I’m a strong supporter of reviewing where your business has been and where you want it to go. Last week I discussed that subject with a friend I met over seventeen years ago.
I follow Barbara Pachter, a speaker, author, and coach, who writes regularly on business-related topics, especially those related to business etiquette and communication. We requested and received permission to reprint one of her recent blog posts here.
As you add employees to a growing company, you’ll both increase production and decrease productivity. You need to account for it when you’re estimating and pricing your jobs.
Is transparency the way to go when selling? Be careful who you listen to.
We recommend setting goals every year, beginning the process about now. If making a profit is one of your goals, Michael outlines practices that will help.
If you’re doing a good job of marketing your company, how do you plan for and manage growth when it shows up?
We were recently asked about an online service designed to make it easier to handle sales calls.
It’s interesting how friends, relatives, and other contractors try to rope you into their schemes by asking to borrow your license to build their jobs.
Payment schedules need to be in writing, that includes between a general and specialty contractor.
Not all of your clients are honest. There are even a few who have no intention of paying you for the work you do.
He’d signed an agreement with a client six months earlier for a bathroom remodel. Now the client wanted to cancel the job.
If they tell you the formula to use will make you more profit, that’s baloney. It’s the numbers you use that determines your profit.
Is it appropriate to build the job a homeowner wants and is ready to pay for, if the home value doesn’t support the project?
These aren’t earthshaking topics, but they are the things that cause problems on jobs, leading to disgruntled clients, lost referrals, and lower profit margins.
Every day we drive by a new home under construction. I don’t know how many people pass this new home every day but I would guess it’s in the thousands; the road is always busy.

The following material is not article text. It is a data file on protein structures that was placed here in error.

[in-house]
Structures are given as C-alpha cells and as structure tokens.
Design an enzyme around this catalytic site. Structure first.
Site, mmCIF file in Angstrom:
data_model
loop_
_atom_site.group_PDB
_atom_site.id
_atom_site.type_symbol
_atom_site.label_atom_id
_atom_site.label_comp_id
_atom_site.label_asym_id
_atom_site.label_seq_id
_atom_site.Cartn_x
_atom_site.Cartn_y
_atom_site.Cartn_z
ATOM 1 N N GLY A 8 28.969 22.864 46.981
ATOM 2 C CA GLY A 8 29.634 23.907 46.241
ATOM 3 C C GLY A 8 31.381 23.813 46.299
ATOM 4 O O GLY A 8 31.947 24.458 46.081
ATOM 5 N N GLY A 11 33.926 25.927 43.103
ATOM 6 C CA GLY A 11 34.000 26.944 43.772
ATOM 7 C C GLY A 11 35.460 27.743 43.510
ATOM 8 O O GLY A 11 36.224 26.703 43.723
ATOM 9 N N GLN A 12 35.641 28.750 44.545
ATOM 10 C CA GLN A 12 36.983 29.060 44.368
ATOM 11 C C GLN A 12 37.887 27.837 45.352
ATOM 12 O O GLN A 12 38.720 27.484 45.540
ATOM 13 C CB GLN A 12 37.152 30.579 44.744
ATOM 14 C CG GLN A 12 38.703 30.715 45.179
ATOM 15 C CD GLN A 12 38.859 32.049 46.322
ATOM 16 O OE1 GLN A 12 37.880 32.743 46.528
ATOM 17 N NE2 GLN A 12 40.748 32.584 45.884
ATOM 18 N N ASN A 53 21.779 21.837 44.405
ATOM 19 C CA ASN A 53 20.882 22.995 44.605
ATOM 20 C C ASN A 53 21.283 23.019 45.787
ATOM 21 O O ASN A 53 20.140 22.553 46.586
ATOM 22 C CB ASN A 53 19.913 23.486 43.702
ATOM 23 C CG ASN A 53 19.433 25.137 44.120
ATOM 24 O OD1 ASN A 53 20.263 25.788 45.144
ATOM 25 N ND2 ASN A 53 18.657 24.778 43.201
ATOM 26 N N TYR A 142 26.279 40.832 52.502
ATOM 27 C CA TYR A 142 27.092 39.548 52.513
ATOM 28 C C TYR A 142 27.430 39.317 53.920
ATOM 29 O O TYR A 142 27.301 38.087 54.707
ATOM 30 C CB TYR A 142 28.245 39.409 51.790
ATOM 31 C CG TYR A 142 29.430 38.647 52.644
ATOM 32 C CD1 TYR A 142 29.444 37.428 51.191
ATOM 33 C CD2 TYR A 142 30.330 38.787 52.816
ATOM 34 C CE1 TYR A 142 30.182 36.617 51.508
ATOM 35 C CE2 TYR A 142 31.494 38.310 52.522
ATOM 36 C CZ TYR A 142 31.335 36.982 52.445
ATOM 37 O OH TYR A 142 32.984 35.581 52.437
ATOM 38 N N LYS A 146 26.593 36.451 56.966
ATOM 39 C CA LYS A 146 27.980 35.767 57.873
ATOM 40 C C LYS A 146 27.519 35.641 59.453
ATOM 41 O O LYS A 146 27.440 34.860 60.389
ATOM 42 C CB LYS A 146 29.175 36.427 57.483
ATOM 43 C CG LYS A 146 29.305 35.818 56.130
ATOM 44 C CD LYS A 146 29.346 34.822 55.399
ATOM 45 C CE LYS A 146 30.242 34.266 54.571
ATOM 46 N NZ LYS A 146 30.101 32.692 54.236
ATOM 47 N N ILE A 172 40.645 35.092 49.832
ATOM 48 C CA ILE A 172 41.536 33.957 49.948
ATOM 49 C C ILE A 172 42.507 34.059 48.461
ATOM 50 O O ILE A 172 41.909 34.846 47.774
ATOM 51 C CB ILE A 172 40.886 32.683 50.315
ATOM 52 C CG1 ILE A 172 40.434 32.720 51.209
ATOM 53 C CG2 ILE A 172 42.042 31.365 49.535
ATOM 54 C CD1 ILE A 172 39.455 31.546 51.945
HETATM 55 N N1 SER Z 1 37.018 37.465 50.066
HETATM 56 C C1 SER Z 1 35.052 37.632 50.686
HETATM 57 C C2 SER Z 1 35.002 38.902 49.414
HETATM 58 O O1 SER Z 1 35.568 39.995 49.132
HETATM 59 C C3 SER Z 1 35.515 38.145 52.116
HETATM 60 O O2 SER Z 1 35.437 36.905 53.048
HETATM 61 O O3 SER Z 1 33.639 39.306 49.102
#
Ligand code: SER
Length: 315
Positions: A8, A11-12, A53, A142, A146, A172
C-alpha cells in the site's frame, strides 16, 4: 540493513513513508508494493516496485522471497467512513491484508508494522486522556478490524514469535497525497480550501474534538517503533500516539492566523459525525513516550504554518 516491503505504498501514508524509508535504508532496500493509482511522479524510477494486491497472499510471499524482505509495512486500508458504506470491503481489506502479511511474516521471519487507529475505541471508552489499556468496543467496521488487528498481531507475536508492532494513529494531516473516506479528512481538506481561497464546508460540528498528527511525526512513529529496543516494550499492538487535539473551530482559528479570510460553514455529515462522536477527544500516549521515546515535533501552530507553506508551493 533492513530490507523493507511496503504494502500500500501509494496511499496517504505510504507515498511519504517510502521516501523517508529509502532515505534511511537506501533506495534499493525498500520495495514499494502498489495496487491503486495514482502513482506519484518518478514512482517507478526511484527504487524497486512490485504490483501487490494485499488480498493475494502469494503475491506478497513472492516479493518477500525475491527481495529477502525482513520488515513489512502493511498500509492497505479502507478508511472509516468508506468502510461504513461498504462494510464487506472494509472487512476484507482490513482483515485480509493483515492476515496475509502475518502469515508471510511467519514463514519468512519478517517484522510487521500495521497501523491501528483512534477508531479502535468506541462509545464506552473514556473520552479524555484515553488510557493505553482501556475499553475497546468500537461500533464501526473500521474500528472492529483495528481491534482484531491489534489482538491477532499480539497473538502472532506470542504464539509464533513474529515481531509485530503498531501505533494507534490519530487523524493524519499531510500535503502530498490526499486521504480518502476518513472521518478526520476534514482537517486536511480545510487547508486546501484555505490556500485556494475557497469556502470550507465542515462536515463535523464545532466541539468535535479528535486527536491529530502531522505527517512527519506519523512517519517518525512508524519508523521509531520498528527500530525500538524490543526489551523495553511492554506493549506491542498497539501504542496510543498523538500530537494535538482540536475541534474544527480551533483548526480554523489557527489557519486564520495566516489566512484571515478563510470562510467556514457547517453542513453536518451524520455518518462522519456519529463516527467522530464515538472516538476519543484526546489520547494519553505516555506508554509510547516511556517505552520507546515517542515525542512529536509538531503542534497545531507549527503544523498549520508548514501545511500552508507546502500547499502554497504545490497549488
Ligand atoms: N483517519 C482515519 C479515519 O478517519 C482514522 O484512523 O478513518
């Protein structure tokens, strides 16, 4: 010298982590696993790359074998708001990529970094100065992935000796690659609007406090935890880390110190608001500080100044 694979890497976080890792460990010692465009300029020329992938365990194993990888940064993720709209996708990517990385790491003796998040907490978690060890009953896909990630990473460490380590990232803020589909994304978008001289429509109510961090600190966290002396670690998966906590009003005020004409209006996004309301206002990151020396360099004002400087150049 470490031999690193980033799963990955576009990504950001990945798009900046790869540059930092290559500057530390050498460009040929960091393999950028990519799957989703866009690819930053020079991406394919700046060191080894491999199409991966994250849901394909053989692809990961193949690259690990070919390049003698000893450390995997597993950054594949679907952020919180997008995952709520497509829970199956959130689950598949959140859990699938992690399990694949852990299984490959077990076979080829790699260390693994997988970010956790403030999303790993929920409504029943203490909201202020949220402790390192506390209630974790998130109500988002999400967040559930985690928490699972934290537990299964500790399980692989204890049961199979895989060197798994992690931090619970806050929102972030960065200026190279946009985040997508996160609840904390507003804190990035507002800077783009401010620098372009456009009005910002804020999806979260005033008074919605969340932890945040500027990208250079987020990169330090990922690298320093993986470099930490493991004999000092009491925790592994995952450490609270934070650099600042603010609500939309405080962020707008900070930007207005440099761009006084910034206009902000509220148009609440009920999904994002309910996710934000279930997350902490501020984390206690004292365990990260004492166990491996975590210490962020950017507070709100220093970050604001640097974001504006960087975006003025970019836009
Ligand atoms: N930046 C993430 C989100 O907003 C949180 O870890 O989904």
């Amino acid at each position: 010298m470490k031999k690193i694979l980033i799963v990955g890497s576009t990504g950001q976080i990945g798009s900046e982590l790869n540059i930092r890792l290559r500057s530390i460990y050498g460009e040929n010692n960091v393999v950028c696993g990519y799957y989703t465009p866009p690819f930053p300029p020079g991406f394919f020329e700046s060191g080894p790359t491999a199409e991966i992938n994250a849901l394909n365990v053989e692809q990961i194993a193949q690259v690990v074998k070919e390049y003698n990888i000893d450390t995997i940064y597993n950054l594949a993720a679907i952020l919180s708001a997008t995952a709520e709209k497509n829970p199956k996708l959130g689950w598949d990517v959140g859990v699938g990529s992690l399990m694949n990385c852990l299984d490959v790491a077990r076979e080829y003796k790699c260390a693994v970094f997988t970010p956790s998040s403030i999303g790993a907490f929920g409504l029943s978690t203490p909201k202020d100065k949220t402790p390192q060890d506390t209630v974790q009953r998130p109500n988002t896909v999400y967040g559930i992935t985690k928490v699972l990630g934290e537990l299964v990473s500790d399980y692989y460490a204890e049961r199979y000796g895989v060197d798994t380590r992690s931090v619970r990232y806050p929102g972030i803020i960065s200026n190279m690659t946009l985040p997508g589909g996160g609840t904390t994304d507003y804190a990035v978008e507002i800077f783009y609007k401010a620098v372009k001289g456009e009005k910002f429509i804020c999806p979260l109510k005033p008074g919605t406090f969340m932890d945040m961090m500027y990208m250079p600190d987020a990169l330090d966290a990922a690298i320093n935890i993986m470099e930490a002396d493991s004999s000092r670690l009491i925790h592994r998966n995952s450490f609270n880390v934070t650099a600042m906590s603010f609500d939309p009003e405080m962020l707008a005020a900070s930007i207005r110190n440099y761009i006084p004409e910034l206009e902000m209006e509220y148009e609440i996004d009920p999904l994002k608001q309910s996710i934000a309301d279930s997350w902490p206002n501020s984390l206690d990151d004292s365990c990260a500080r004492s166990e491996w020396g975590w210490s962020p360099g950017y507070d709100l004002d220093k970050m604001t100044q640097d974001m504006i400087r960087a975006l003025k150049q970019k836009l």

A survey outlines the challenges homeowners say they’re facing when they remodel or renovate their home. It’s valuable info, because it tells you what they need help with. It’s your job to show them you can provide that help.
A recent Houzz survey confirmed what you need to know if you’re in sales; it’s not all about price.
What do you do when a potential client waits until the proposal is together to request itemization on the project?
Getting a commitment from your potential client is a critical step to making the sale.
“We don’t advertise” is well meaning mischief at its worst. It cuts your company off from a large pool of potential clients who are looking for a contractor to help them get their job built.
If you’re considering purchasing a franchise, or if you’ve been contacted by a franchisor because of your success, put your emotions on hold and evaluate it carefully.
Building trust always starts when you are first contacted by a potential client. Michael discusses how to do it right, and how to do it wrong.
It’s true that employees are important, to your business and/or to your subs who get your jobs built. But they aren’t the reason you’re in business.
An objections book is a history of your sales calls. It includes everything you said and did, right or wrong. I have only met two or three others in my thirty-plus years of direct selling who took the time to compile a book, but each one became outstanding in their profession.
A building owner challenges our statement that contractors shouldn’t itemize their estimates.
We’re looking at three scenarios that require a quick judgment call when you’re in front of a client. Handling these scenarios correctly protects your time and lets your client know how you do business.
Being profitable doesn’t mean getting rich off your clients.
I’ve seen contractors try to apportion overhead on a daily, weekly, monthly or per job basis when compiling their estimates. I don’t recommend any of those approaches.
A contractor asked for my opinion on a request he recently received. It’s not a win-win proposition.